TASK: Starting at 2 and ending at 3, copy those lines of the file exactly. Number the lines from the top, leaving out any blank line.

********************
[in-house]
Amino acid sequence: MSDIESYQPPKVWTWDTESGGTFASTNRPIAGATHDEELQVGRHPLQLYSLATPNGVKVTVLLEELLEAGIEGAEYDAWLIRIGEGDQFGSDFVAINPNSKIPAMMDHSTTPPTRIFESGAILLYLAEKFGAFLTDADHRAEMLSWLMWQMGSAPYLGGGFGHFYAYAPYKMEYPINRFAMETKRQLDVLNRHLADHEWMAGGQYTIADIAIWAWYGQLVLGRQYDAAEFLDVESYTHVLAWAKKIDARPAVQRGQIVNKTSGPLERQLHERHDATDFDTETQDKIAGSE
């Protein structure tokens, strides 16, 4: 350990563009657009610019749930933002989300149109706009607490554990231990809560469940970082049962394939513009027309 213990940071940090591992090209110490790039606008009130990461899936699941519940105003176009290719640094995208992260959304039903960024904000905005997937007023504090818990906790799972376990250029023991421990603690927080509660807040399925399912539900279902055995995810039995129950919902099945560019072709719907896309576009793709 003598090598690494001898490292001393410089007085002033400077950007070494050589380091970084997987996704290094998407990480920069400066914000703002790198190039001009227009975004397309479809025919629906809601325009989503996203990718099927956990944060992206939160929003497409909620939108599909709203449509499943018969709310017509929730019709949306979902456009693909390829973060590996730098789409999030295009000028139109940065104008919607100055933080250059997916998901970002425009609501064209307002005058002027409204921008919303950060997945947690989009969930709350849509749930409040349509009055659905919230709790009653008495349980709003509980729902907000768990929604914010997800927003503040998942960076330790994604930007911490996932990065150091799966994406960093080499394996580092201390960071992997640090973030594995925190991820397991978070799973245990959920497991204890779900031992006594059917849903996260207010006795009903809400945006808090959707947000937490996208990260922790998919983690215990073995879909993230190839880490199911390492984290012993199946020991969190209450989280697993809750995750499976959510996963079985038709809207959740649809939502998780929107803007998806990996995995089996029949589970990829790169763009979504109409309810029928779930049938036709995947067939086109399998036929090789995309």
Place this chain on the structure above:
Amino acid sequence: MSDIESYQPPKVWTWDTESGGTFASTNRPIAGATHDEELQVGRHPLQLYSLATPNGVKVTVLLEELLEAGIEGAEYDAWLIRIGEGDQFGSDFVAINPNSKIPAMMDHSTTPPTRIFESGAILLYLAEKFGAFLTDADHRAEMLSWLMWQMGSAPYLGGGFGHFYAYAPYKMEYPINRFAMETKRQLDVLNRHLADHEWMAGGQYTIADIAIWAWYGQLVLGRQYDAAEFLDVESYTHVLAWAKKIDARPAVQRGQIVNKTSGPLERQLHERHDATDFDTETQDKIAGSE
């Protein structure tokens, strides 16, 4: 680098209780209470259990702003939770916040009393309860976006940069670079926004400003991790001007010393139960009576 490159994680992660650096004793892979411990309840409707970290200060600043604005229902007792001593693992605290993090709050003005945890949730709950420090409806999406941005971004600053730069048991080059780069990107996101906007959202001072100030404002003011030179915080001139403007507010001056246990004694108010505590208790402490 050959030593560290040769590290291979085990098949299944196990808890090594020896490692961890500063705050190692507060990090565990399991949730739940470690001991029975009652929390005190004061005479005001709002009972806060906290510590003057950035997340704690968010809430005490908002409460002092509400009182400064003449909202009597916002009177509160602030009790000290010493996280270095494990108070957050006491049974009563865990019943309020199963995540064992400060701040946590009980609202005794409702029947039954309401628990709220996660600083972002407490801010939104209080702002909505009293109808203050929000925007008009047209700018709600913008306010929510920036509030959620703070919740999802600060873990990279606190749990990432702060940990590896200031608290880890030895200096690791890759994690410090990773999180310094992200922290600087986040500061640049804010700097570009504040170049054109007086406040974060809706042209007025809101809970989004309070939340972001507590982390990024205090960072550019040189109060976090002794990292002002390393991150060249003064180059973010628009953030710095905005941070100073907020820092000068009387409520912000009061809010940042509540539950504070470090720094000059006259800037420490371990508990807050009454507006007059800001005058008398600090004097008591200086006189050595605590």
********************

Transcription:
Amino acid sequence: MSDIESYQPPKVWTWDTESGGTFASTNRPIAGATHDEELQVGRHPLQLYSLATPNGVKVTVLLEELLEAGIEGAEYDAWLIRIGEGDQFGSDFVAINPNSKIPAMMDHSTTPPTRIFESGAILLYLAEKFGAFLTDADHRAEMLSWLMWQMGSAPYLGGGFGHFYAYAPYKMEYPINRFAMETKRQLDVLNRHLADHEWMAGGQYTIADIAIWAWYGQLVLGRQYDAAEFLDVESYTHVLAWAKKIDARPAVQRGQIVNKTSGPLERQLHERHDATDFDTETQDKIAGSE
């Protein structure tokens, strides 16, 4: 350990563009657009610019749930933002989300149109706009607490554990231990809560469940970082049962394939513009027309 213990940071940090591992090209110490790039606008009130990461899936699941519940105003176009290719640094995208992260959304039903960024904000905005997937007023504090818990906790799972376990250029023991421990603690927080509660807040399925399912539900279902055995995810039995129950919902099945560019072709719907896309576009793709 003598090598690494001898490292001393410089007085002033400077950007070494050589380091970084997987996704290094998407990480920069400066914000703002790198190039001009227009975004397309479809025919629906809601325009989503996203990718099927956990944060992206939160929003497409909620939108599909709203449509499943018969709310017509929730019709949306979902456009693909390829973060590996730098789409999030295009000028139109940065104008919607100055933080250059997916998901970002425009609501064209307002005058002027409204921008919303950060997945947690989009969930709350849509749930409040349509009055659905919230709790009653008495349980709003509980729902907000768990929604914010997800927003503040998942960076330790994604930007911490996932990065150091799966994406960093080499394996580092201390960071992997640090973030594995925190991820397991978070799973245990959920497991204890779900031992006594059917849903996260207010006795009903809400945006808090959707947000937490996208990260922790998919983690215990073995879909993230190839880490199911390492984290012993199946020991969190209450989280697993809750995750499976959510996963079985038709809207959740649809939502998780929107803007998806990996995995089996029949589970990829790169763009979504109409309810029928779930049938036709995947067939086109399998036929090789995309």